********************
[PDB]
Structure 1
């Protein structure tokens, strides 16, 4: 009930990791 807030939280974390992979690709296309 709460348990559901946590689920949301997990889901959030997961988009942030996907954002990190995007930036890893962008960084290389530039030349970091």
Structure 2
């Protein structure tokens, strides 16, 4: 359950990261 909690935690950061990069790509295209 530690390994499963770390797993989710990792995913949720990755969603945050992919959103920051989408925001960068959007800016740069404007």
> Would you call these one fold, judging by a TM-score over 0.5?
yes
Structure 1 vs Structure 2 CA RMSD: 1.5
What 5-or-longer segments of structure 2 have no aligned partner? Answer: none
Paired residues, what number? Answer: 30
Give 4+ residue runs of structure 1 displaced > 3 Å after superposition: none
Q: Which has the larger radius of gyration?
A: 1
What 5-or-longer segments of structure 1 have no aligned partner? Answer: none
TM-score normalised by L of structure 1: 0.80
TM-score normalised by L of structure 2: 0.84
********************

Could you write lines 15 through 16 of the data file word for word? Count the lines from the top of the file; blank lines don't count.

TM-score normalised by L of structure 1: 0.80
TM-score normalised by L of structure 2: 0.84